Associations of microalbuminuria with brain atrophy and white matter hyperintensities in hypertensive sibships

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Abstract

Background: Because of similarities between brain and kidney microvascular disease, there may be a relationship between measures of renal microvascular disease and brain structural changes in middle aged or elderly individuals. Objective: To determine whether the urine albumin/creatinine ratio (UACR), a measure of renal microvascular disease, is associated with brain atrophy and white matter hyperintensities. Methods: As part of a larger study of the genetics of hypertension, we performed brain imaging and assessed microalbuminuria and other vascular risk factors including diabetes, hypertension, hyperlipidemia and hyperhomocysteinemia in 1253 individuals from hypertensive sibships (age mean 63.8 years, range 50 to 91; 65% women; 49% African-American; 78% hypertensive). Semi-automated quantitative measurements of brain atrophy (BA) ventricular volume, and white matter hyperintensities (WMH) were carried out on the brain MR scans. Results: In logistic regression models, elevated UACR was associated with greater BA (odds ratio (OR) = 1.70 (95% CI 1.14, 2.54) and burden of WMH (OR = 2.06 (95% CI 1.37, 3.10) after controlling for demographic factors, blood glucose, hypertension severity, duration of smoking and serum homocysteine. In contrast to elevated UACR, the associations with elevated creatinine or reduced glomerular filtration rate and WMH were not significant in the fully adjusted models. Conclusions: In this cohort with an overrepresentation of hypertensives, elevated UACR was independently associated with both brain atrophy and white matter hyperintensities. Brain volume loss and WMH burden might represent expressions of microvascular disease that share common mechanisms with nephrosclerosis.

Original languageEnglish (US)
Pages (from-to)53-60
Number of pages8
JournalJournal of the Neurological Sciences
Volume271
Issue number1-2
DOIs
StatePublished - Aug 15 2008

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Atrophy
Creatinine
Brain
Albumins
Urine
Hypertension
Logistic Models
Odds Ratio
Nephrosclerosis
Kidney
Hyperhomocysteinemia
Kidney Diseases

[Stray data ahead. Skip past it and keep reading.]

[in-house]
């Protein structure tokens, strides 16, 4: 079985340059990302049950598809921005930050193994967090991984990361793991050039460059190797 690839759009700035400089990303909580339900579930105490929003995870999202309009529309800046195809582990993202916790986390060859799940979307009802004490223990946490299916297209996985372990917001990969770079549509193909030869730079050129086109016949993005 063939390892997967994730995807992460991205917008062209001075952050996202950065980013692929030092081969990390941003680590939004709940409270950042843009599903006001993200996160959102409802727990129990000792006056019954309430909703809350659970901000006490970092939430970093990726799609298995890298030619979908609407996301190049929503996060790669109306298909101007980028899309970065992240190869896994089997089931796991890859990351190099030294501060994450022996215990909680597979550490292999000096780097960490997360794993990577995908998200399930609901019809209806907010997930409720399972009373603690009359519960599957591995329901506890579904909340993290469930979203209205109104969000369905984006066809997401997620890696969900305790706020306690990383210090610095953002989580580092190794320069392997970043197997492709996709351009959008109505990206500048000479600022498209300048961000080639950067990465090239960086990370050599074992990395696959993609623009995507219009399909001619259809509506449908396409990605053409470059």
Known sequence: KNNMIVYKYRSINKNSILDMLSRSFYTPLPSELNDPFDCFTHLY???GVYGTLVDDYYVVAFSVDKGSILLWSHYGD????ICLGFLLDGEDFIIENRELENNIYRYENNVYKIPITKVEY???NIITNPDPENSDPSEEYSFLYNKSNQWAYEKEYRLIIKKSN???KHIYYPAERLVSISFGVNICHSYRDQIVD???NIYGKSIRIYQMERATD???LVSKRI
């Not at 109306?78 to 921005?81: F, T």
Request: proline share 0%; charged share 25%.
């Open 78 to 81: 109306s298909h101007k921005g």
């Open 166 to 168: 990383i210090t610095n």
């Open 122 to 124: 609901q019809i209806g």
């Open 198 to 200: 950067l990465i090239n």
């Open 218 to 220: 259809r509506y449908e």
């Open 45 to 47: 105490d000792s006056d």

Brain Diseases
Homocysteine
White Matter
Hyperlipidemias
Glomerular Filtration Rate
Neuroimaging
African Americans
Blood Glucose

Keywords

  • Brain
  • Diabetes
  • Hypertension
  • Magnetic resonance imaging
  • Microalbuminuria
  • Vascular risk factors

ASJC Scopus subject areas

  • Aging
  • Clinical Neurology
  • Surgery
  • Developmental Neuroscience
  • Neurology
  • Neuroscience(all)

Cite this

@article{28367d9bea0f4464b185270a6bfb180a,
title = "Associations of microalbuminuria with brain atrophy and white matter hyperintensities in hypertensive sibships",
abstract = "Background: Because of similarities between brain and kidney microvascular disease, there may be a relationship between measures of renal microvascular disease and brain structural changes in middle aged or elderly individuals. Objective: To determine whether the urine albumin/creatinine ratio (UACR), a measure of renal microvascular disease, is associated with brain atrophy and white matter hyperintensities. Methods: As part of a larger study of the genetics of hypertension, we performed brain imaging and assessed microalbuminuria and other vascular risk factors including diabetes, hypertension, hyperlipidemia and hyperhomocysteinemia in 1253 individuals from hypertensive sibships (age mean 63.8 years, range 50 to 91; 65{\%} women; 49{\%} African-American; 78{\%} hypertensive). Semi-automated quantitative measurements of brain atrophy (BA) ventricular volume, and white matter hyperintensities (WMH) were carried out on the brain MR scans. Results: In logistic regression models, elevated UACR was associated with greater BA (odds ratio (OR) = 1.70 (95{\%} CI 1.14, 2.54) and burden of WMH (OR = 2.06 (95{\%} CI 1.37, 3.10) after controlling for demographic factors, blood glucose, hypertension severity, duration of smoking and serum homocysteine. In contrast to elevated UACR, the associations with elevated creatinine or reduced glomerular filtration rate and WMH were not significant in the fully adjusted models. Conclusions: In this cohort with an overrepresentation of hypertensives, elevated UACR was independently associated with both brain atrophy and white matter hyperintensities. Brain volume loss and WMH burden might represent expressions of microvascular disease that share common mechanisms with nephrosclerosis.",